|that I am not scared of Ti bolts but it is proven that even modest steel has a greater weight to strength ratio. The biggest drawback to Ti is galling but can be avoided with anti seize. The problem with Ti fasteners occurs when torsion is applied. They are great if only stressed in tension. In stems, the parts do not fully seat together allowing the bolt to undergo some amount of torsion. |
You are correct that the Ti will probably never cause a problem if installed correctly. I just feel that the stainless is a safer alternative. This is just my opinion and is based on what I have read. My main reason for changing out the bolts was the fact that Cinelli gave me a response that made no sense at all concerning the fasteners in the stem. This nonsense answer was even confirmed by a "Ti expert" at Merlin.
|Ti Strength to weight ratio is higher than steel||chris zeller|
Oct 10, 2001 10:39 AM
|The strength to weight ratio of Ti is about double that of Columbus steel. However, strength to weight ratio is not important in finding the strongest bolt that will fit a given size die. That is the object here since the size of the die is not a free variable (it is already built into the headset design). Given identical VOLUME, steel will have a higher yield strength than Ti since the greater strength to weight ratio of Ti is due to its lower density. The yield strength of steel and Ti by itself is comparable, slightly favoring steel. However steel has a much higher density and so a steel screw will be slightly stronger than a Ti screw of the same size, but weigh more.|
Oct 10, 2001 9:31 AM
|I'll admit to not reading a lot about esoteric subjects like ti hardware. But I think experience probably counts for something. I'm going to estimate that I've sold >2,500 stems. I don't know of any that has sheared its bolts off in the manner that (I think) you're afraid of.
It's like the argument about 6/4 ti being stronger than 3/2.5 ti; I don't dispute it as a fact, but there is a threshold of "strong enough" that 3/2.5 meets. Likewise, I don't dispute your idea that SS is stronger than ti, but from experience I have absolutly no reason to believe that ti doesn't cross the "strong enough" threshold.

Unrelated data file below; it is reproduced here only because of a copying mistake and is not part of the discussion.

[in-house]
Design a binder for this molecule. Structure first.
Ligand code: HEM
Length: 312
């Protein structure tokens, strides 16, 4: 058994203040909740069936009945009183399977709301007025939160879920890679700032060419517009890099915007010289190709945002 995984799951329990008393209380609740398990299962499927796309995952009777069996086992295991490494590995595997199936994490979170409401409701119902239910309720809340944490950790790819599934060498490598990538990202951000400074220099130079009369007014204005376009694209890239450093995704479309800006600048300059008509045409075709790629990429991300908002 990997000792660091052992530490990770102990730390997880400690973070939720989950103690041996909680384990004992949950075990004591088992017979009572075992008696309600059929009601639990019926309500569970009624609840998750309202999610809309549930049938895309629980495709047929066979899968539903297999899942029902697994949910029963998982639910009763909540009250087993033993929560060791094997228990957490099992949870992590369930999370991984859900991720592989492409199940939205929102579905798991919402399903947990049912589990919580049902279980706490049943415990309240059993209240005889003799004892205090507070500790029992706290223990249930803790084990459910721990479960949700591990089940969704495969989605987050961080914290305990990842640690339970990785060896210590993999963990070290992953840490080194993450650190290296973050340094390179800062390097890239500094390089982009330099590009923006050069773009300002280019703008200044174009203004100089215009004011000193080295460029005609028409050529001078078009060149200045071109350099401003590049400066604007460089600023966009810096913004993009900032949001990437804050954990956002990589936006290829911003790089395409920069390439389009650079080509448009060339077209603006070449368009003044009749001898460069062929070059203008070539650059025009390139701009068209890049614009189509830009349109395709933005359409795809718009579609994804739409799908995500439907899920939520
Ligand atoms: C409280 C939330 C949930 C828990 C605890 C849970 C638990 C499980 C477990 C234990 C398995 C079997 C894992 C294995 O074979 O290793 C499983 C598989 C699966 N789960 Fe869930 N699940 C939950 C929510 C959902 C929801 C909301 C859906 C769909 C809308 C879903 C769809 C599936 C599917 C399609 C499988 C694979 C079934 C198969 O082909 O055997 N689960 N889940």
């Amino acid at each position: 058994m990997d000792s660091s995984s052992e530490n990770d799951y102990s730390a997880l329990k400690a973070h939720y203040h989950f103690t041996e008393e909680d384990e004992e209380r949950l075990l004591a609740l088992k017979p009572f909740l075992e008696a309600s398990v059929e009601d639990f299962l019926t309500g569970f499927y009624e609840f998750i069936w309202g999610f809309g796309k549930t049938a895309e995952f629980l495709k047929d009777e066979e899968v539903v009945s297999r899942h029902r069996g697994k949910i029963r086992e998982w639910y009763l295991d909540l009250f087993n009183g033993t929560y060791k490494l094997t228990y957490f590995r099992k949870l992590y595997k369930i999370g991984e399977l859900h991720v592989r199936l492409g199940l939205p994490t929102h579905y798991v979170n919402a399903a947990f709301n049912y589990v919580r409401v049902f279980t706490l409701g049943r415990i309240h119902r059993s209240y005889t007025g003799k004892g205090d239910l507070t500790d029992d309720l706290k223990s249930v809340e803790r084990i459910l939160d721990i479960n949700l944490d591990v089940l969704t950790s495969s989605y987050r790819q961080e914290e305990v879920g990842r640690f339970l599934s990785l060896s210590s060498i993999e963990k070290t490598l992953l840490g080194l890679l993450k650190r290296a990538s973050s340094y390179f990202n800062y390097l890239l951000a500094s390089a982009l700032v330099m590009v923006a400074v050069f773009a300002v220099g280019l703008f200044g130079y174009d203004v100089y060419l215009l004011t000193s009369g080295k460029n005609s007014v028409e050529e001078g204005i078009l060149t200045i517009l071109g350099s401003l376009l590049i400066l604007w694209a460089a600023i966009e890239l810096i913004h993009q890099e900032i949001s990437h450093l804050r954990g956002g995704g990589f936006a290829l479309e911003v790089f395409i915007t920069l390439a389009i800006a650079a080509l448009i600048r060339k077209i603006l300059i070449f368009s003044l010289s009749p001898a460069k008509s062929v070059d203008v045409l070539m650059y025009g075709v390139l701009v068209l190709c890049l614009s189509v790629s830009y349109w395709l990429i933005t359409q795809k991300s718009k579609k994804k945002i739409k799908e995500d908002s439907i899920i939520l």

If you said you knew 10 people who had this stem and their bolts all broke, then you'd have good reason for concern. But in knowing a lot of people who ride a lot of miles, I've never seen the event you describe.
I re-pose my question: Does anybody have 1st hand knowledge of a faceplate bolt shearing off?
|bolts and fear||DoubleK|
Oct 10, 2001 7:29 AM
|Okay, I just have to chime in on this as I work for a fastener company. I also have a Solido stem and was quite comfortable using the Ti hardware that came with the stem. Why, because if you grease the threads and torque the bolts properly, the chances of a catastrophic (sp?) are just as low with them as with the hardware you bought. Why do you think the hardware that you bought from the framebuilder is any better? Because it is grade marked as such and stainless steel? Don't assume that just because a fastener is marked with a specific grade that it won't fail. A fastener is only as good as the process that produces it, not the specs that it is made to. I trust Cinelli's supplier of hardware more than I trust another hardware distributer. This is my choice and I accept the risk. However, to claim that the Ti bolts are suspect is incorrect. You just decided to trust someone else more with your neck. I've seen lots of "high grade" junk over the years.
Oct 10, 2001 7:28 AM
|The Solido looks like a great stem to consider for my next bike. Thanks for the info.|
|Very impressed with Zepp. Stiff as . . . whatever is stiff.nm||bill|
Oct 10, 2001 10:26 AM
|re: question about stems||Birddog|
Oct 10, 2001 5:07 AM
|I use a Ritchey WCS and it is great, but not cheap at near $100.00. Be careful of those bars, a friend of mine who is a very strong cyclist has broken 3 of em and he only weighs about 140. By the way, they didn't just break, they developed cracks that he saw before disaster struck.|
|If versatility is more important...||MrCelloBoy|
Oct 10, 2001 6:57 AM
|than weight, the Look ErgoStem is worth looking at.
It allows you to adjust height and length in a very wide range, and gives up nothing in stifness.
Available in threadless and threaded.
Oct 10, 2001 8:54 AM
|Bomber design, reasonable price, svelt and shapely!|| |